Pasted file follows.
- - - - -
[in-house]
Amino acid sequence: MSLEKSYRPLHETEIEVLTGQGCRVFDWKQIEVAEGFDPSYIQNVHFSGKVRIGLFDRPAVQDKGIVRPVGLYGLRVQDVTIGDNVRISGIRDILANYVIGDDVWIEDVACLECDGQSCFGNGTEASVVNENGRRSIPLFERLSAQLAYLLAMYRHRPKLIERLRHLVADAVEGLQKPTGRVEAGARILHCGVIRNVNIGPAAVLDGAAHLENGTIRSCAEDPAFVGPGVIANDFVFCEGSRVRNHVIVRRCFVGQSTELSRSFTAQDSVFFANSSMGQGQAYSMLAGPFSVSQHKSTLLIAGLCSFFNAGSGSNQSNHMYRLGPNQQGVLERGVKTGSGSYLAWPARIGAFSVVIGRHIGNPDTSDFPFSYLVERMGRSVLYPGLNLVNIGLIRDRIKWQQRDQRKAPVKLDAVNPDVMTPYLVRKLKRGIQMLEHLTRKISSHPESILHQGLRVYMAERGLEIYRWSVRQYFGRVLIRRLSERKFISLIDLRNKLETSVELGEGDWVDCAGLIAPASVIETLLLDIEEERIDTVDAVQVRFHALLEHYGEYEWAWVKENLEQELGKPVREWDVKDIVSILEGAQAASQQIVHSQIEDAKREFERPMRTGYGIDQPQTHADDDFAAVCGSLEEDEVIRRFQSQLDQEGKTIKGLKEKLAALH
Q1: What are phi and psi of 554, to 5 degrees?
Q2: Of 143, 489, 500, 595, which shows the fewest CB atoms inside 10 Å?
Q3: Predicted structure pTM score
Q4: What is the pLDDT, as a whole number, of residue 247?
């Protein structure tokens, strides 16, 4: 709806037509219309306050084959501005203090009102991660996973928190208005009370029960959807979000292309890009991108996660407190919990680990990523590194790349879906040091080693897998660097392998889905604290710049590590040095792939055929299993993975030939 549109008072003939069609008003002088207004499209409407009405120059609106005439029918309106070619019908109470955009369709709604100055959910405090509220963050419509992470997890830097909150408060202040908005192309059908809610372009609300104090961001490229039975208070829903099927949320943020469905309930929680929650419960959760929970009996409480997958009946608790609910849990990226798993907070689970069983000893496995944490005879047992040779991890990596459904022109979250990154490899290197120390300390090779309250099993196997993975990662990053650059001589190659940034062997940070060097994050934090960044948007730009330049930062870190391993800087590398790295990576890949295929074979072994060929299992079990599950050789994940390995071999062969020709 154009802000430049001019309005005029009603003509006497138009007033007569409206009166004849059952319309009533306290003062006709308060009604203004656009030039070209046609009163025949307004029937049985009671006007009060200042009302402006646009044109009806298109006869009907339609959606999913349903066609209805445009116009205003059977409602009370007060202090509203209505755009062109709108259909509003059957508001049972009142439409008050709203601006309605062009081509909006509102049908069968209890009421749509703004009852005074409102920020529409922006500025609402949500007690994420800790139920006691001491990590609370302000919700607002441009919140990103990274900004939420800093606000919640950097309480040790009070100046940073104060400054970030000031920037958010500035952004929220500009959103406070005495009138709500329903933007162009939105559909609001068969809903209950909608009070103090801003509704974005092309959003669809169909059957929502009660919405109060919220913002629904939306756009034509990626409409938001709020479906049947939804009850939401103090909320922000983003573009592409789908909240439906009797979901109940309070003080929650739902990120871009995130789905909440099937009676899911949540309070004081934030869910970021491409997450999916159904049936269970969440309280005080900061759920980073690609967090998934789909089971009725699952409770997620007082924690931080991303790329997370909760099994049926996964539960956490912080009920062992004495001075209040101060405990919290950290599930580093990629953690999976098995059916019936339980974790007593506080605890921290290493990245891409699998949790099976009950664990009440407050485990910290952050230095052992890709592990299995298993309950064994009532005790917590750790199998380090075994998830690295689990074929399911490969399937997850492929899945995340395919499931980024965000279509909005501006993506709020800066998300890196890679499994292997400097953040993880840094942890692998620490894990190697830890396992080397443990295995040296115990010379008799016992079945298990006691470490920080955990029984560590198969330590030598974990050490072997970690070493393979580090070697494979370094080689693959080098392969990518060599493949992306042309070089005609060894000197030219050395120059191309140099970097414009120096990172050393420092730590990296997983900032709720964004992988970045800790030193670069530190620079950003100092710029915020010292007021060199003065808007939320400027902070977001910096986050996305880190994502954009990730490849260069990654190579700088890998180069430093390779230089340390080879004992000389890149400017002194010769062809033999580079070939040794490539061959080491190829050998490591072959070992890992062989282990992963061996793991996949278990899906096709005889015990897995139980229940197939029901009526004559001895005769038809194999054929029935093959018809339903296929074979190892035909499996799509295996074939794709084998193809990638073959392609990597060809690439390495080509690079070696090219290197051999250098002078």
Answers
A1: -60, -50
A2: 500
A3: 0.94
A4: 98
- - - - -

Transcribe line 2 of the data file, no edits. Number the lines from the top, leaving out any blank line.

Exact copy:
Amino acid sequence: MSLEKSYRPLHETEIEVLTGQGCRVFDWKQIEVAEGFDPSYIQNVHFSGKVRIGLFDRPAVQDKGIVRPVGLYGLRVQDVTIGDNVRISGIRDILANYVIGDDVWIEDVACLECDGQSCFGNGTEASVVNENGRRSIPLFERLSAQLAYLLAMYRHRPKLIERLRHLVADAVEGLQKPTGRVEAGARILHCGVIRNVNIGPAAVLDGAAHLENGTIRSCAEDPAFVGPGVIANDFVFCEGSRVRNHVIVRRCFVGQSTELSRSFTAQDSVFFANSSMGQGQAYSMLAGPFSVSQHKSTLLIAGLCSFFNAGSGSNQSNHMYRLGPNQQGVLERGVKTGSGSYLAWPARIGAFSVVIGRHIGNPDTSDFPFSYLVERMGRSVLYPGLNLVNIGLIRDRIKWQQRDQRKAPVKLDAVNPDVMTPYLVRKLKRGIQMLEHLTRKISSHPESILHQGLRVYMAERGLEIYRWSVRQYFGRVLIRRLSERKFISLIDLRNKLETSVELGEGDWVDCAGLIAPASVIETLLLDIEEERIDTVDAVQVRFHALLEHYGEYEWAWVKENLEQELGKPVREWDVKDIVSILEGAQAASQQIVHSQIEDAKREFERPMRTGYGIDQPQTHADDDFAAVCGSLEEDEVIRRFQSQLDQEGKTIKGLKEKLAALH